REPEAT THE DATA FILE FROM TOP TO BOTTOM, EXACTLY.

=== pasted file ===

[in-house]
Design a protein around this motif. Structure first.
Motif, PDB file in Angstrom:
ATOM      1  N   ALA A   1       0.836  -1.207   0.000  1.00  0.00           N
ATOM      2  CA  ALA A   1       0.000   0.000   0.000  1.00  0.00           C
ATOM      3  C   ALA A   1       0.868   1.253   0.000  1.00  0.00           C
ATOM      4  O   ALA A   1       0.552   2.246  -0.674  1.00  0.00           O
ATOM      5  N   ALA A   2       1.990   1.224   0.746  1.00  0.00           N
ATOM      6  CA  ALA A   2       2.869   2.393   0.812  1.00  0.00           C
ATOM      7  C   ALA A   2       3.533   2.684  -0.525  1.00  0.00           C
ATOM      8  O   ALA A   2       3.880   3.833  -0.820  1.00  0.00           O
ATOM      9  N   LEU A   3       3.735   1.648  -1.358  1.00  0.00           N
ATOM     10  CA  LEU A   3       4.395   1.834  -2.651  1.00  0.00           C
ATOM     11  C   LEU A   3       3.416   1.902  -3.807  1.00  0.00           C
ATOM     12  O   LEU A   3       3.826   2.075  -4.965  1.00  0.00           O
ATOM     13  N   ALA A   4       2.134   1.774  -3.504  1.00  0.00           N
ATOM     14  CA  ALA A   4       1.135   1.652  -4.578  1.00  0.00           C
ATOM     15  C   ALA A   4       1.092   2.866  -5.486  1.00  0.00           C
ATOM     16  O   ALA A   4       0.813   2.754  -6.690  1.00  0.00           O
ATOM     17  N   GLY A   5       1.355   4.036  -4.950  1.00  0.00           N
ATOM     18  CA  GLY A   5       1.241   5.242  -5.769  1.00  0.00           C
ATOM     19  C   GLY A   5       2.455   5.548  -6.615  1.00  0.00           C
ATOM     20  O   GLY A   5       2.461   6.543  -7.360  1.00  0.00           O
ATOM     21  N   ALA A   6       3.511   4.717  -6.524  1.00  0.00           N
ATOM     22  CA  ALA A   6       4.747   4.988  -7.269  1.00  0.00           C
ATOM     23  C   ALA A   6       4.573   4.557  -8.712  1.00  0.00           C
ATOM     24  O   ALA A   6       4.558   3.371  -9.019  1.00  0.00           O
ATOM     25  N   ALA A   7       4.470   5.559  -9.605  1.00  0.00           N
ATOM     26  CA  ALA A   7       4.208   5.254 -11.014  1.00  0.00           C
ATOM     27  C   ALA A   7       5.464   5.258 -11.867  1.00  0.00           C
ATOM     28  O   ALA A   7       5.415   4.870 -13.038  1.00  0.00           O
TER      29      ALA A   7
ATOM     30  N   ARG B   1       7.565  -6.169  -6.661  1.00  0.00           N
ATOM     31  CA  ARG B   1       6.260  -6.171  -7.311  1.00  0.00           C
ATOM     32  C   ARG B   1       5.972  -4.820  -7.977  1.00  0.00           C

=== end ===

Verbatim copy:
[in-house]
Design a protein around this motif. Structure first.
Motif, PDB file in Angstrom:
ATOM      1  N   ALA A   1       0.836  -1.207   0.000  1.00  0.00           N
ATOM      2  CA  ALA A   1       0.000   0.000   0.000  1.00  0.00           C
ATOM      3  C   ALA A   1       0.868   1.253   0.000  1.00  0.00           C
ATOM      4  O   ALA A   1       0.552   2.246  -0.674  1.00  0.00           O
ATOM      5  N   ALA A   2       1.990   1.224   0.746  1.00  0.00           N
ATOM      6  CA  ALA A   2       2.869   2.393   0.812  1.00  0.00           C
ATOM      7  C   ALA A   2       3.533   2.684  -0.525  1.00  0.00           C
ATOM      8  O   ALA A   2       3.880   3.833  -0.820  1.00  0.00           O
ATOM      9  N   LEU A   3       3.735   1.648  -1.358  1.00  0.00           N
ATOM     10  CA  LEU A   3       4.395   1.834  -2.651  1.00  0.00           C
ATOM     11  C   LEU A   3       3.416   1.902  -3.807  1.00  0.00           C
ATOM     12  O   LEU A   3       3.826   2.075  -4.965  1.00  0.00           O
ATOM     13  N   ALA A   4       2.134   1.774  -3.504  1.00  0.00           N
ATOM     14  CA  ALA A   4       1.135   1.652  -4.578  1.00  0.00           C
ATOM     15  C   ALA A   4       1.092   2.866  -5.486  1.00  0.00           C
ATOM     16  O   ALA A   4       0.813   2.754  -6.690  1.00  0.00           O
ATOM     17  N   GLY A   5       1.355   4.036  -4.950  1.00  0.00           N
ATOM     18  CA  GLY A   5       1.241   5.242  -5.769  1.00  0.00           C
ATOM     19  C   GLY A   5       2.455   5.548  -6.615  1.00  0.00           C
ATOM     20  O   GLY A   5       2.461   6.543  -7.360  1.00  0.00           O
ATOM     21  N   ALA A   6       3.511   4.717  -6.524  1.00  0.00           N
ATOM     22  CA  ALA A   6       4.747   4.988  -7.269  1.00  0.00           C
ATOM     23  C   ALA A   6       4.573   4.557  -8.712  1.00  0.00           C
ATOM     24  O   ALA A   6       4.558   3.371  -9.019  1.00  0.00           O
ATOM     25  N   ALA A   7       4.470   5.559  -9.605  1.00  0.00           N
ATOM     26  CA  ALA A   7       4.208   5.254 -11.014  1.00  0.00           C
ATOM     27  C   ALA A   7       5.464   5.258 -11.867  1.00  0.00           C
ATOM     28  O   ALA A   7       5.415   4.870 -13.038  1.00  0.00           O
TER      29      ALA A   7
ATOM     30  N   ARG B   1       7.565  -6.169  -6.661  1.00  0.00           N
ATOM     31  CA  ARG B   1       6.260  -6.171  -7.311  1.00  0.00           C
ATOM     32  C   ARG B   1       5.972  -4.820  -7.977  1.00  0.00           C